POGOs in Parañaque


    TED Failon, Chinese President Xi Jinping, Bangko Sentral ng Pilipinas Gov. Benjamin Diokno and Cambodia Prime Minister Hun Sen. What do these individuals have in common?

    They are passionately against POGO, as the offshore gaming operations are known in the Philippines. They detest the presence of internet-based gambling in the country, especially in the business hubs of Makati and Paranaque, for various reasons.

    Failon is a crusading mediaman who dislikes Pagcor and gambling in general. Chinese President Xi Jinping implements to the letter his country’s anti-gambling laws, limiting legal gambling to Macau and the Hong Kong Jockey Club. In fact, he requested Cambodia and the Philippines to stop the POGOs immediately because they have become natural drains through which hard-earned RMBs and dollars from China are lost instead of being used for further economic activities. Hun Sen followed Xi’s advice but not President Duterte, who is biding his time in acting on the request. China had asked the Philippines to ban all online gambling operations, saying a huge amount of Chinese funds are illegally flown out of China through cross-border money laundering.

    On POGO operations, Diokno said, “There’s some benefits, in terms of if they pay their taxes but there are also some risks. I tend to be risk averse. I’d rather they leave, if I have my way.”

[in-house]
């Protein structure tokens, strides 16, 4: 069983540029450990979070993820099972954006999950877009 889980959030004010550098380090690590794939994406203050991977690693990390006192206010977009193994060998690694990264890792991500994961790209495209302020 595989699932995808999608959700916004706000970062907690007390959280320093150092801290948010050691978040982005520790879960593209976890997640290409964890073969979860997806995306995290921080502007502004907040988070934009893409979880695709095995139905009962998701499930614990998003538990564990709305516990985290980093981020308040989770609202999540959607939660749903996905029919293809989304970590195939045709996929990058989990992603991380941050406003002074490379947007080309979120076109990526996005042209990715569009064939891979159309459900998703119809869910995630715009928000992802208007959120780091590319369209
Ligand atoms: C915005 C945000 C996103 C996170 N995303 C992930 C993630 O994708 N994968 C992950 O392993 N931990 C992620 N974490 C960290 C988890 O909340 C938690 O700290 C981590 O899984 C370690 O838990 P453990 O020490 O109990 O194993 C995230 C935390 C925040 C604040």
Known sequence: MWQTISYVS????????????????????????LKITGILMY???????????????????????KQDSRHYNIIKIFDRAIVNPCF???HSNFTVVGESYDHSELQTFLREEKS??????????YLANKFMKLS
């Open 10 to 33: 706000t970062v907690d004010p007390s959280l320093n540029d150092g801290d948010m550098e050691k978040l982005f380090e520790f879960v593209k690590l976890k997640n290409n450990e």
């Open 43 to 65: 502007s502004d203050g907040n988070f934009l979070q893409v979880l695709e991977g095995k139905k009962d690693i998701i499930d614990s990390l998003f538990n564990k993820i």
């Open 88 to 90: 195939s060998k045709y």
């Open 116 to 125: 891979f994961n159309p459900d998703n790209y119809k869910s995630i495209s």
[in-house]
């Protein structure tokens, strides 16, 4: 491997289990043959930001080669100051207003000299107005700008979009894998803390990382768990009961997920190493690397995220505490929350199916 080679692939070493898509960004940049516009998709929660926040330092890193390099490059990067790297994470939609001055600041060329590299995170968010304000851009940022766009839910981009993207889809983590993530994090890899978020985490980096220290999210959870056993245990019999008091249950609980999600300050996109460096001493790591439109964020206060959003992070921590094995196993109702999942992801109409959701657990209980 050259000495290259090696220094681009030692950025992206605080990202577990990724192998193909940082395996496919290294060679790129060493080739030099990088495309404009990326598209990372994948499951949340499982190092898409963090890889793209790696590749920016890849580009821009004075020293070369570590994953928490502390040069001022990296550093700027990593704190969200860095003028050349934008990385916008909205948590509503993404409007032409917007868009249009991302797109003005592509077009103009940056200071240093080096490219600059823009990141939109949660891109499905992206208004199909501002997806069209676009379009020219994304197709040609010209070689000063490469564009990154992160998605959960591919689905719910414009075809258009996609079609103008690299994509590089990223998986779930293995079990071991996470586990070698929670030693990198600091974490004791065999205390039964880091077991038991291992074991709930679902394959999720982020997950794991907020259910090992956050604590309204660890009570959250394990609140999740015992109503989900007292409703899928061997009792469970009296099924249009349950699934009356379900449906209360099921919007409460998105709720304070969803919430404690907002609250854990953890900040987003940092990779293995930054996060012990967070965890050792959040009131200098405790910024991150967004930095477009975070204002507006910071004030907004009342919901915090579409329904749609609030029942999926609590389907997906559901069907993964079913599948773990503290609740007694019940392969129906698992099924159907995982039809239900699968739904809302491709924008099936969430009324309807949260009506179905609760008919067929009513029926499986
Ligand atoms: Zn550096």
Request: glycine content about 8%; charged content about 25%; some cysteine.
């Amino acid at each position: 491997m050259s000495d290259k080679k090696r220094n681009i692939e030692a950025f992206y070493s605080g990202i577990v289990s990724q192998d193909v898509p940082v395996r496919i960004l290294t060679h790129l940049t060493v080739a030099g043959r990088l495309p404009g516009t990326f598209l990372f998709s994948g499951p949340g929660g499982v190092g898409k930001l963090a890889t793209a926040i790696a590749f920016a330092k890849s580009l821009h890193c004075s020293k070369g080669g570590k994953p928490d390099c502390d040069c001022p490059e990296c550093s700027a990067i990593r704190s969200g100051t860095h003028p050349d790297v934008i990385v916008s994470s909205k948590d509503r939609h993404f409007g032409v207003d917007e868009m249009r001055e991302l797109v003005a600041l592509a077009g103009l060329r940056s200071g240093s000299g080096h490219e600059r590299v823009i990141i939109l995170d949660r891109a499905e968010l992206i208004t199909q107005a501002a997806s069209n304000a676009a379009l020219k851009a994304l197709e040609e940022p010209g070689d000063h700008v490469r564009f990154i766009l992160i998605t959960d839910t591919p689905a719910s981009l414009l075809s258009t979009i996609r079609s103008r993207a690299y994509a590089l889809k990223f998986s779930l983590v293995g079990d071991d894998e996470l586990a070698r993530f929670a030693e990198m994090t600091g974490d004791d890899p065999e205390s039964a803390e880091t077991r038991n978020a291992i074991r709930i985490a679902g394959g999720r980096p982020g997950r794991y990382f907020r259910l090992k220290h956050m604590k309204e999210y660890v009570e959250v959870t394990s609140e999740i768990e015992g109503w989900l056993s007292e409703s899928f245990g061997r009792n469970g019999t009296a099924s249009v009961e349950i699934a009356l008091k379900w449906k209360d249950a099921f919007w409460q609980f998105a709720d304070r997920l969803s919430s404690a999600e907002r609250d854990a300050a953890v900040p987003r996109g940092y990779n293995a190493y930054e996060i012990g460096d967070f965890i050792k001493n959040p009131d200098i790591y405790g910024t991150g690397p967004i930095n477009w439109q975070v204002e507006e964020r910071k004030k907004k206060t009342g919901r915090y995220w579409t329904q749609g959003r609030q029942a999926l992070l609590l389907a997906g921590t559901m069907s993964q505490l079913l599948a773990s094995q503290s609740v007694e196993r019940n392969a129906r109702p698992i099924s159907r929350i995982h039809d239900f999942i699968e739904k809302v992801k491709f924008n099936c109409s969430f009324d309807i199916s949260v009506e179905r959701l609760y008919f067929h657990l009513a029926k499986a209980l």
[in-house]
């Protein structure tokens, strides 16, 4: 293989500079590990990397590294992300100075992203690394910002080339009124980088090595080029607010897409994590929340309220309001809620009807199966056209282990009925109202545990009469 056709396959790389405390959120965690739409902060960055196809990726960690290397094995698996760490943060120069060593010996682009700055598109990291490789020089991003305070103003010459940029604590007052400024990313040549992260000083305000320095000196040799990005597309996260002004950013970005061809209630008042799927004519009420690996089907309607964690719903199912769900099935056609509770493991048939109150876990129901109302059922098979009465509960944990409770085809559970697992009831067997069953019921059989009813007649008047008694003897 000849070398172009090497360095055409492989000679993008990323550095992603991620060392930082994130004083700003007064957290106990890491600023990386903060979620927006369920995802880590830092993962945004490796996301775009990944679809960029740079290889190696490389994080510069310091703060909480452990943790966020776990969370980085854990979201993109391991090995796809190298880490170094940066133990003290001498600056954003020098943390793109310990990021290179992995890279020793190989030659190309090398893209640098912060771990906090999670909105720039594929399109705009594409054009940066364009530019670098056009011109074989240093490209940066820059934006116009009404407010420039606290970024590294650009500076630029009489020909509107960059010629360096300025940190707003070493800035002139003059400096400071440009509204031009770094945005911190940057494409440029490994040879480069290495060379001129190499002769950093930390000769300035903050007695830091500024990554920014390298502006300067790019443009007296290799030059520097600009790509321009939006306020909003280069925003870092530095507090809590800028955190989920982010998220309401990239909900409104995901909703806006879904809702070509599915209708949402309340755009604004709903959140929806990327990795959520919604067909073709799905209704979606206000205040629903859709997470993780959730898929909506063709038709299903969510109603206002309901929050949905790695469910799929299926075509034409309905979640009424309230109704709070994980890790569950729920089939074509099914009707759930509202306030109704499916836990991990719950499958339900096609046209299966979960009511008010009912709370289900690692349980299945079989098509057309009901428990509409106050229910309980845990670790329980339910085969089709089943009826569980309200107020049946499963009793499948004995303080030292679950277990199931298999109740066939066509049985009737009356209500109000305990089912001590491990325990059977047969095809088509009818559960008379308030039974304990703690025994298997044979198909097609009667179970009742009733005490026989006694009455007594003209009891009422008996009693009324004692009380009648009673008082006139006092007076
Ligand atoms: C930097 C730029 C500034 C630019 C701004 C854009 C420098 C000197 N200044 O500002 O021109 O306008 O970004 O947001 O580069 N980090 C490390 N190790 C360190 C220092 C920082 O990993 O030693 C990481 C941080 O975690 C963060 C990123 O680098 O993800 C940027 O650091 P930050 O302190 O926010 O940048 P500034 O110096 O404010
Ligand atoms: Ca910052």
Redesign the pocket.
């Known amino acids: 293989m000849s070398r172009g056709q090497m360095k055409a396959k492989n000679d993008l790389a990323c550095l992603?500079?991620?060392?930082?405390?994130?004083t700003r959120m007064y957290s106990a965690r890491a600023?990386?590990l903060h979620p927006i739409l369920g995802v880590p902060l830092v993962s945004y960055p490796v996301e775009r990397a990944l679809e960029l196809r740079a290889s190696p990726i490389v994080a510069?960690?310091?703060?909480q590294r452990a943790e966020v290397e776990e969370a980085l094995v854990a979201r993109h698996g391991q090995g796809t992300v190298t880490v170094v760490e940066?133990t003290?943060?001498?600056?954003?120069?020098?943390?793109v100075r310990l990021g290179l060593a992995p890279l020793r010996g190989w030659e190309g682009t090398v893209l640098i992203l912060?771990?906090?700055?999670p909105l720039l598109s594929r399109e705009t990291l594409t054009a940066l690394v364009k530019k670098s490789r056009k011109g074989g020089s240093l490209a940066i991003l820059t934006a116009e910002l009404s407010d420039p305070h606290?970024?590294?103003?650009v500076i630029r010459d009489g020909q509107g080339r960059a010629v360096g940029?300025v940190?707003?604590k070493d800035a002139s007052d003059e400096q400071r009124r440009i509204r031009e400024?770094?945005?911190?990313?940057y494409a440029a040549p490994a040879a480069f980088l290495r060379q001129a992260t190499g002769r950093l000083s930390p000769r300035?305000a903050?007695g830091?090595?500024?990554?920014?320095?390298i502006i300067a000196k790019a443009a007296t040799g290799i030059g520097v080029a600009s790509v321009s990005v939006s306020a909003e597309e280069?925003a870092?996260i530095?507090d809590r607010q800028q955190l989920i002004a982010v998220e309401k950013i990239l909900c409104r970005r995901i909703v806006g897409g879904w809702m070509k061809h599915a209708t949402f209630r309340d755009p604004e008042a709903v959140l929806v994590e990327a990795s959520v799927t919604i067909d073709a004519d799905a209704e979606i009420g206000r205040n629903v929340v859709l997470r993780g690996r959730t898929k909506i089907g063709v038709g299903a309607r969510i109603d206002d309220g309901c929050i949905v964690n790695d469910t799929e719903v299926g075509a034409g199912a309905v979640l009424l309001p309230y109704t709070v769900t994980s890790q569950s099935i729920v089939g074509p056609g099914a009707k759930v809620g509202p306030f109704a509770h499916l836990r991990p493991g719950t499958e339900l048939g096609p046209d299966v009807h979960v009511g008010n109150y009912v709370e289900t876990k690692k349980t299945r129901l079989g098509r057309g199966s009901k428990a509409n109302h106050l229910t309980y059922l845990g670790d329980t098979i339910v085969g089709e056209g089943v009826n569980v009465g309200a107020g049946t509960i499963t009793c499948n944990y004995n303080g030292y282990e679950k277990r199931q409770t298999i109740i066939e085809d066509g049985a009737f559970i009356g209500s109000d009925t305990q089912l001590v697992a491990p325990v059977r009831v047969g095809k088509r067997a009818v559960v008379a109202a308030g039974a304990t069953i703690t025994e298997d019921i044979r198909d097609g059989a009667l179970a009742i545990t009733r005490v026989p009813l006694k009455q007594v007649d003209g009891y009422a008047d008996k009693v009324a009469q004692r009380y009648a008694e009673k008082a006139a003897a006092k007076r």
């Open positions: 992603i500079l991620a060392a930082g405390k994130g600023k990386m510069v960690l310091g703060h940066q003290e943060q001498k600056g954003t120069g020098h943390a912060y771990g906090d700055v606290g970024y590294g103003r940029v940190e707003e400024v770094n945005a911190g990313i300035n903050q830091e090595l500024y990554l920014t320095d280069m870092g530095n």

Local officials of Paranaque City and its police force, along with those in Makati, have been working with Philippine Amusement and Gaming Corp. (Pagcor) in fighting illegal POGOs that cheat on taxes and dodge other regulations. The Pagcor chief said they have already closed some 200 fly-by-night online gaming companies in the last few months.

    For the measly government taxes that they grudgingly pay, the gambling operations have resulted in concomitant problems such as prostitution, kidnapping, homicide, murder and other violent crimes.

    Only recently, Diamond Bay Towers on 150 Roxas Blvd., Baclaran was raided for allegedly operating a Chinese-only prostitution den, the Manila Wellness Spa, on its 3rd floor. Listed as the building’s owner is Standford Resources and Development Corp. reportedly headed by one Bennie Cuason.

    Paranaque police and local officials had been tipped off by residents on suspicious activities in the said building, with the presence of many Chinese office and construction workers there. Further investigation revealed the building’s alleged violations of local ordinances about business and zoning permits, etc.

    The crimes of prostitution, illegal gambling and the like are best fought with the help of the community and barangay residents, and in Paranaque this truism is best exemplified.